Lecture 39 Glycogenolysis and Glycogenesis

Lecture 39 Glycogenolysis and Glycogenesis - Glycogenolysis...

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Glycogenolysis and Glycogenesis Liver - tremendous capacity for storing glycogen. In the well-fed human, liver glycogen content can account for as much as 10% of wet weight of this organ. 1. Liver glycogen levels vary greatly in response to the intake of food 2. is mobilized to help maintain a nearly constant blood glucose level. 3. Liver glycogen is called into play between meals and to a greater extent during the nocturnal fast. 4. In both humans and the rat, the store of liver glycogen lasts somewhere between 12 and 24 h during fasting, depending greatly, of course, on whether the individual under consideration is caged or running wild. Muscle - stores less when expressed on the same basis—a maximum of only 1–2% of its wet weight. However, the average person has more muscle than liver, adding up to about twice as much total muscle glycogen as liver glycogen. 1. Serves as a fuel reserve for the synthesis of ATP within that tissue 2. Muscle glycogen is a source of ATP for increased muscular activity. (for themselves – high demand of activity) 3. Broken down without formation of free glucose. 4. Conversion of glucose to glycogen in muscle plays an important role in lowering 5. blood glucose levels elevated by a high-carbohydrate meal. Glycogenesis in liver 6. also contributes to the lowering of blood glucose but may be less important in this 7. regard than glycogen synthesis in muscle. Both Muscle and Liver play important roles in managing blood glucose (esp. after meals) Exercise 1. triggers mobilization of muscle glycogen for formation of ATP. a. 2 situations 2. The yield of ATP and the fate of the carbon of glycogen depend on whether the muscle fiber is “white” or “red.” a. Each fiber meets a different situation b. Burst of strength vs. endurance exercise Red Muscle Fibers – aerobic respiration – lasts long 1. supplied with a rich blood flow 2. Contain large amounts of myoglobin 3. Packed with mitochondria. 4. Glycogen mobilized within these cells is converted into pyruvate, which, because of the availability of O2 and mitochondria, can be converted into CO2 and H2O 5. Advantage of mitochondria = generate a lot more ATP 6. Endurance exercise White Muscle Fiber – not efficient 1. have less myoglobin and fewer mitochondria 2. Glycogenolysis within this tissue supplies substrate for glycolysis, with the end product being primarily lactate 3. White muscle fibers have enormous capacity for glycogenolysis and glycolysis, much more than red muscle fibers 4. Since their glycogen stores are limited, however, white muscle fibers can only function at full capacity for relatively short periods of time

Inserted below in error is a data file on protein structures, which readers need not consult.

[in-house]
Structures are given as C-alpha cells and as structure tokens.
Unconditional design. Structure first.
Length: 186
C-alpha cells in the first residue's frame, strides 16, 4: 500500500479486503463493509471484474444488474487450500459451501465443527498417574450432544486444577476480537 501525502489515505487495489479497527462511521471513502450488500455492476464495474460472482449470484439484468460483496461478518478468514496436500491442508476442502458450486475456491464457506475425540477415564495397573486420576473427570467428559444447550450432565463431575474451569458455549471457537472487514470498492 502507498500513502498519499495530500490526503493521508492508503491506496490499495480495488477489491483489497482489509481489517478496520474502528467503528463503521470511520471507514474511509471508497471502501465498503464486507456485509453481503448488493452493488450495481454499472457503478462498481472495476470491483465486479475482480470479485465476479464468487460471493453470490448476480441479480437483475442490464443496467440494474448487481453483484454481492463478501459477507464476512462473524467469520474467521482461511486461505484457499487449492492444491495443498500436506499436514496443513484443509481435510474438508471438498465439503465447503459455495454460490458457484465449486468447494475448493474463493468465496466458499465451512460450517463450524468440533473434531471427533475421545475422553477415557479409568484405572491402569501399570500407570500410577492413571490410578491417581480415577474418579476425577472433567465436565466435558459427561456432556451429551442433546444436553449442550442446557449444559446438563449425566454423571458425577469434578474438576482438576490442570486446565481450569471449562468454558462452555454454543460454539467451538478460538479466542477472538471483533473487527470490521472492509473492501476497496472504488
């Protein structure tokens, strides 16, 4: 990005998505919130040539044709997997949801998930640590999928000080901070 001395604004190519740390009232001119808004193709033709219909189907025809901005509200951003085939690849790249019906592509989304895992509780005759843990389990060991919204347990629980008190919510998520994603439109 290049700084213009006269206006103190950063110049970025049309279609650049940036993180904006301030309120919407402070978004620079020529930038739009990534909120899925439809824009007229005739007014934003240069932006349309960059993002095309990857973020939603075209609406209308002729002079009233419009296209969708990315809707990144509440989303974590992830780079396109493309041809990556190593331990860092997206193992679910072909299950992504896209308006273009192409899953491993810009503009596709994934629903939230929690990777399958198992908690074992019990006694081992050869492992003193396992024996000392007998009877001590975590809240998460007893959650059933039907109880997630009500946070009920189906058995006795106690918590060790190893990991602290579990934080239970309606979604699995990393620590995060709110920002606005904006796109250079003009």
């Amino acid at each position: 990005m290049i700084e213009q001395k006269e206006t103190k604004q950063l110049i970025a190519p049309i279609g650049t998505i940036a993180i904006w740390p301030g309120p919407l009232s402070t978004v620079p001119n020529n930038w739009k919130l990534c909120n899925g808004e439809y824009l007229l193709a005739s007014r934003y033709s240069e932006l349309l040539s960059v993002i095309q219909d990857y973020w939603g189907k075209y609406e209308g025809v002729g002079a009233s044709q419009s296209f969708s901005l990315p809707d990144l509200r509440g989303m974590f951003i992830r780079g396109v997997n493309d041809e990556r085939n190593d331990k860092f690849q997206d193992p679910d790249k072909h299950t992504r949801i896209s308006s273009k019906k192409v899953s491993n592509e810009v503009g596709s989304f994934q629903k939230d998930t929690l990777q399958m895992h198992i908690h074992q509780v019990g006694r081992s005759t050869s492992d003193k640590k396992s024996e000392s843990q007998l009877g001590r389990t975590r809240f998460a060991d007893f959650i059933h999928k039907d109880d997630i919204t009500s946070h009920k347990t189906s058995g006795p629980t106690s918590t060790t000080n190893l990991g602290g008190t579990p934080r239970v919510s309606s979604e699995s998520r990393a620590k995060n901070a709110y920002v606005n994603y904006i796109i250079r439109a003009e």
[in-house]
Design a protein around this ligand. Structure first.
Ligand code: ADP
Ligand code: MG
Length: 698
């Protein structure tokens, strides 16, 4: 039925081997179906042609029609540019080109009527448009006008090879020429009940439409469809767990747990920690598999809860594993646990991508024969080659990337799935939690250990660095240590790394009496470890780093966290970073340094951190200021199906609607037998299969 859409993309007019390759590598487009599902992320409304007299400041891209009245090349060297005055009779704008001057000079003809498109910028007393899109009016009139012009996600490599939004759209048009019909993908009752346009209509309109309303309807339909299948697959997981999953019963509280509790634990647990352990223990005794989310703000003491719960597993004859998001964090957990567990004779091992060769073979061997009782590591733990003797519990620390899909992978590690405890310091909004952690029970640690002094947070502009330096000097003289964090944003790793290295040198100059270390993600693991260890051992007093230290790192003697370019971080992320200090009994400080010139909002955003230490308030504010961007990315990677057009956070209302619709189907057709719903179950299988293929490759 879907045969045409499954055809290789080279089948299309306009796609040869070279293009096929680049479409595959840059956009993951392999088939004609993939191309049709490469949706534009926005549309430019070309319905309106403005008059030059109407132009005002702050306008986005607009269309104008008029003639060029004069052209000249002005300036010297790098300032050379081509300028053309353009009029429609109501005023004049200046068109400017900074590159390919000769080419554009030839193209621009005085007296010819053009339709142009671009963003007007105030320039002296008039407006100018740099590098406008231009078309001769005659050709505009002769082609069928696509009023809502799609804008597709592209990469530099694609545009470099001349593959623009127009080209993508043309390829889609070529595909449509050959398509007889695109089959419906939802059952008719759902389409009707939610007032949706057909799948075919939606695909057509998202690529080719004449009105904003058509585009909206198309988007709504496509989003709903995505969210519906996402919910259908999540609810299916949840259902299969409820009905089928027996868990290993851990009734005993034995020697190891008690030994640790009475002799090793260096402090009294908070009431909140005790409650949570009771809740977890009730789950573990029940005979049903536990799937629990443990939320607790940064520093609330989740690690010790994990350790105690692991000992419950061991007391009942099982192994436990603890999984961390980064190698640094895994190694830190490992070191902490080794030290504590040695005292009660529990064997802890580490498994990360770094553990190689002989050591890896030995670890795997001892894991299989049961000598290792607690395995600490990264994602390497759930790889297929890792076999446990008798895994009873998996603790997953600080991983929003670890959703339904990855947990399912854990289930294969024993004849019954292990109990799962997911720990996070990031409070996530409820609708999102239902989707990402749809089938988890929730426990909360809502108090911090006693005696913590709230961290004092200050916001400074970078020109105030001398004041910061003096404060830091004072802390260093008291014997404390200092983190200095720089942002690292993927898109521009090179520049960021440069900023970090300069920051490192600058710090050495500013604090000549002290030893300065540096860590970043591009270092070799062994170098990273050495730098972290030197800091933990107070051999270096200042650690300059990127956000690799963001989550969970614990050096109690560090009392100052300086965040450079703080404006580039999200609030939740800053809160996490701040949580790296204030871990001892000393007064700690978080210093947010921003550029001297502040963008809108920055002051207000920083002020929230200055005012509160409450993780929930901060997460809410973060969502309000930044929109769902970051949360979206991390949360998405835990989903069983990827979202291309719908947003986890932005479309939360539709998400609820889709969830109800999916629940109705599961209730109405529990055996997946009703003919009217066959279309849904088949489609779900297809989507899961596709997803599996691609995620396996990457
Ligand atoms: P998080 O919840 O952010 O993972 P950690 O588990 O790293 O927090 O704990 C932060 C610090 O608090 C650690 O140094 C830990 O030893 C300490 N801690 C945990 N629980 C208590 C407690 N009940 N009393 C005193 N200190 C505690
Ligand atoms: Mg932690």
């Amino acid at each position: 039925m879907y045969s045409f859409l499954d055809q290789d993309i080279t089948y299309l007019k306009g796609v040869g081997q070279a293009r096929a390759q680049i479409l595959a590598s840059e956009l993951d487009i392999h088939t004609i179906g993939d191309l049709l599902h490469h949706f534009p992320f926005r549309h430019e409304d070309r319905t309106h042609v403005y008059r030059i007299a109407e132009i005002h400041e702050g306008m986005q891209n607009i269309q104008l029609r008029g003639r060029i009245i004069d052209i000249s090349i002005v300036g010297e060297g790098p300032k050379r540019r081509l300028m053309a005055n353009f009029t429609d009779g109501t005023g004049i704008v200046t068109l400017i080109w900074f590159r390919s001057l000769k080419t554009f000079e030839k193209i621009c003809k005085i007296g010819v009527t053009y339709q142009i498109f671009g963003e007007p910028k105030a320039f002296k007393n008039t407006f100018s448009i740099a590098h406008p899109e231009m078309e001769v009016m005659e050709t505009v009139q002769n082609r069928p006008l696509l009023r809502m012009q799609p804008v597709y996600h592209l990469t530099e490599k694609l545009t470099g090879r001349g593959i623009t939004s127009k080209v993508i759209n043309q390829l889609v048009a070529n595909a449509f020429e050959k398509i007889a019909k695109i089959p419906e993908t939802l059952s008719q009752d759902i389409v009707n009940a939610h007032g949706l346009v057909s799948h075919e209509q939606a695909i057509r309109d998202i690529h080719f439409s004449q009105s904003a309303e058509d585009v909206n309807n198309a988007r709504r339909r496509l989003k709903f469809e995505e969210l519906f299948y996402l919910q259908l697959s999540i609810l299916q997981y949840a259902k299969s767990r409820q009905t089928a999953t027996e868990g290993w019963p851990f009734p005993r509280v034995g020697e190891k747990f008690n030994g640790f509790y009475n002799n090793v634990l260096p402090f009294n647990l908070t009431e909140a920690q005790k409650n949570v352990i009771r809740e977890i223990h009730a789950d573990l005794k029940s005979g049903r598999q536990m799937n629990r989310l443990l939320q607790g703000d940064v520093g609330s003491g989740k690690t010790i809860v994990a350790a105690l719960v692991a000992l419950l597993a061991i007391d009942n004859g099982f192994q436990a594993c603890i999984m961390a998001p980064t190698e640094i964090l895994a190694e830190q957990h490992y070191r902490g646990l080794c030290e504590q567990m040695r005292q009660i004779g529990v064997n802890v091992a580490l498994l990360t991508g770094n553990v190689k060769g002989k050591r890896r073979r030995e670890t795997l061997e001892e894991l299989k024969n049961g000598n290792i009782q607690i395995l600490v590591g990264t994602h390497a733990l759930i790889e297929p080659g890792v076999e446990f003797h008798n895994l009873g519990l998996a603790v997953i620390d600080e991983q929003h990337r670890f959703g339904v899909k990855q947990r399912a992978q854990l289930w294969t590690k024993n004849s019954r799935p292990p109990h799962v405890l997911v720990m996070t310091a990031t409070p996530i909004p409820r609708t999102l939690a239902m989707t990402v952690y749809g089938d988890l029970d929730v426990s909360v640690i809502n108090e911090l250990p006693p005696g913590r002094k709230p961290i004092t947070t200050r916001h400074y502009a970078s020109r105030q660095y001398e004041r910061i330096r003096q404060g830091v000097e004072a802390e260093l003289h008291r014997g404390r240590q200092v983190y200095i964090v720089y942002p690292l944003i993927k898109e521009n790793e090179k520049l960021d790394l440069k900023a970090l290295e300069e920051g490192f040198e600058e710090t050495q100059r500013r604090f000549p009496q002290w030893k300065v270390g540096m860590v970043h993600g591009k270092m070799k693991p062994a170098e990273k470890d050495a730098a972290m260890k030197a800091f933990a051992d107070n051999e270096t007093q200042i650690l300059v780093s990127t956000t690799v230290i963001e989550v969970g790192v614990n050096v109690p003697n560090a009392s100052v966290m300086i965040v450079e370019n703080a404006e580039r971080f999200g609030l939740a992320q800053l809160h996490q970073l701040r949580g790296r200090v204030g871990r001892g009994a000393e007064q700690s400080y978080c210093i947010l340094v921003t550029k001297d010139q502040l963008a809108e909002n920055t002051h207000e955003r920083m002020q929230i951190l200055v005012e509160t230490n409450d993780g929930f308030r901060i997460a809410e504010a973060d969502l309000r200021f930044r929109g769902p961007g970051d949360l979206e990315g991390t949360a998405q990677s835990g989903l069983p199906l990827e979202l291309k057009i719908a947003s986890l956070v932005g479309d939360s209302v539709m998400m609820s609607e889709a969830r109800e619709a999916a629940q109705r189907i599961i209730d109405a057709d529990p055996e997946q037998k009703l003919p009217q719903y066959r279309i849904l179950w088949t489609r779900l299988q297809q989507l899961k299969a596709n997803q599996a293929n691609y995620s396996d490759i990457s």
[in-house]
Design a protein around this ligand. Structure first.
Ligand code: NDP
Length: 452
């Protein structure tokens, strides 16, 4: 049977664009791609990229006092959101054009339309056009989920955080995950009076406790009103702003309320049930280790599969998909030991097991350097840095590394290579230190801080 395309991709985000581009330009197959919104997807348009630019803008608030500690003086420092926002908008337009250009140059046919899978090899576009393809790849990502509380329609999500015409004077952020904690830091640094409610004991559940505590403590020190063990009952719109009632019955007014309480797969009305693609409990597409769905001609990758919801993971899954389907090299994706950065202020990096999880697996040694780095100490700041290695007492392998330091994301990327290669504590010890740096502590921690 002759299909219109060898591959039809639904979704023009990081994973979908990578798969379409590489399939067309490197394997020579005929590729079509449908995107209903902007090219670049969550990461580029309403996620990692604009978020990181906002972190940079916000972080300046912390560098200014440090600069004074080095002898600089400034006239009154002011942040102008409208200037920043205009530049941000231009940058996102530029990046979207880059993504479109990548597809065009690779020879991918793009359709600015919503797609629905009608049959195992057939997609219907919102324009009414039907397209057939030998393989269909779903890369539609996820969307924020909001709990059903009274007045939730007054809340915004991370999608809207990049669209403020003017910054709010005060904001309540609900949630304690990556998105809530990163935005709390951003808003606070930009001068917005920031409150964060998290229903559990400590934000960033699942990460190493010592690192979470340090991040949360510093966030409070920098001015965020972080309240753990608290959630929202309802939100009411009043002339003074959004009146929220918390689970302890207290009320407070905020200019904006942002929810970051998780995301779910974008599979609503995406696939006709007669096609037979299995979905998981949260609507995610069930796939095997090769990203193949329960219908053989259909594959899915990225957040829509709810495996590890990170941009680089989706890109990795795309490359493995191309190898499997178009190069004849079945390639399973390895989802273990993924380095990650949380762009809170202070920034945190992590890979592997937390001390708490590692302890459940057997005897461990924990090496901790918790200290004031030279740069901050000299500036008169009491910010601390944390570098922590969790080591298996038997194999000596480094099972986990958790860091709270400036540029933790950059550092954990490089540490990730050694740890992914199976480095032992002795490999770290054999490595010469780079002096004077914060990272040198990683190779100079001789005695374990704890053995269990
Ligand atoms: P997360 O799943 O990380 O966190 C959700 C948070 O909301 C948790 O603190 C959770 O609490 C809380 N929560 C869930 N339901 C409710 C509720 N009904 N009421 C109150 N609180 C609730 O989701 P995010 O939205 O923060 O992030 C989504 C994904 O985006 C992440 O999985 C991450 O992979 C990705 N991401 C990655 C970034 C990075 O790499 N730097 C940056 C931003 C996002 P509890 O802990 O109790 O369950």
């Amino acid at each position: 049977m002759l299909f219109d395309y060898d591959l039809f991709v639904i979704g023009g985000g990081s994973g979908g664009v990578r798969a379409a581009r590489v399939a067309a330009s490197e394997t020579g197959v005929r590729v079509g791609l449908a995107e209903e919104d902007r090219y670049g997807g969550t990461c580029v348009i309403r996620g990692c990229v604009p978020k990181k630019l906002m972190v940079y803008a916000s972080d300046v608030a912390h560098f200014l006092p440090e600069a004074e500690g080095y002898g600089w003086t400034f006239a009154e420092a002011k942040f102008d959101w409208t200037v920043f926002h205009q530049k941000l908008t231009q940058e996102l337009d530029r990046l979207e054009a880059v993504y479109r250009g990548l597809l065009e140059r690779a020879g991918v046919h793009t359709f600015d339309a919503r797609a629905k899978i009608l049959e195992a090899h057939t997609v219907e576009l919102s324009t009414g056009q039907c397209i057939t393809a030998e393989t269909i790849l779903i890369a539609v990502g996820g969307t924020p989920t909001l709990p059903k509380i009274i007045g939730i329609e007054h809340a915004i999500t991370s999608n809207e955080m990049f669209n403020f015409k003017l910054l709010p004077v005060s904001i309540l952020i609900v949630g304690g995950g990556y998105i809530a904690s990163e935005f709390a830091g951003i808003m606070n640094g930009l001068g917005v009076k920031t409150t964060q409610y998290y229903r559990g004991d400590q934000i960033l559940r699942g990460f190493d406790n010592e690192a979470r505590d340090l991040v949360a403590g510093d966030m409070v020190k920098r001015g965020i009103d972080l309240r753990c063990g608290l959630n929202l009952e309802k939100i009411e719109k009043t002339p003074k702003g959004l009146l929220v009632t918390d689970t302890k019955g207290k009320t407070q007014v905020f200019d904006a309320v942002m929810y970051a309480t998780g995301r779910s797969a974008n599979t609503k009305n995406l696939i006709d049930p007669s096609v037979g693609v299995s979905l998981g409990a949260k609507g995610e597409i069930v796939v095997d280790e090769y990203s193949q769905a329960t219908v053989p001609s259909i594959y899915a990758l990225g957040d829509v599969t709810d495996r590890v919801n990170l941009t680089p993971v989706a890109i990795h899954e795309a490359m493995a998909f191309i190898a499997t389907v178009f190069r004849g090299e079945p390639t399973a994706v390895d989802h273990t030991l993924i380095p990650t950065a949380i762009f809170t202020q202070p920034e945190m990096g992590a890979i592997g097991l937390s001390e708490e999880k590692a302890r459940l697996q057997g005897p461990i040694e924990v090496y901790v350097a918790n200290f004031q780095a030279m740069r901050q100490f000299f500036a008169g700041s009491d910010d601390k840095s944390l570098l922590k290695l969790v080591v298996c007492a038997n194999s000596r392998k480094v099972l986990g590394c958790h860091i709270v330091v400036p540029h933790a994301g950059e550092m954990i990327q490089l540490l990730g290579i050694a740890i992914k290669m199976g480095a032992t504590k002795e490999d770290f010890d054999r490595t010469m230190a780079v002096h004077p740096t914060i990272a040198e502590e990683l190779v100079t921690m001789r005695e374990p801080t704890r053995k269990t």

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Lecture 39 Glycogenolysis and Glycogenesis - Glycogenolysis...

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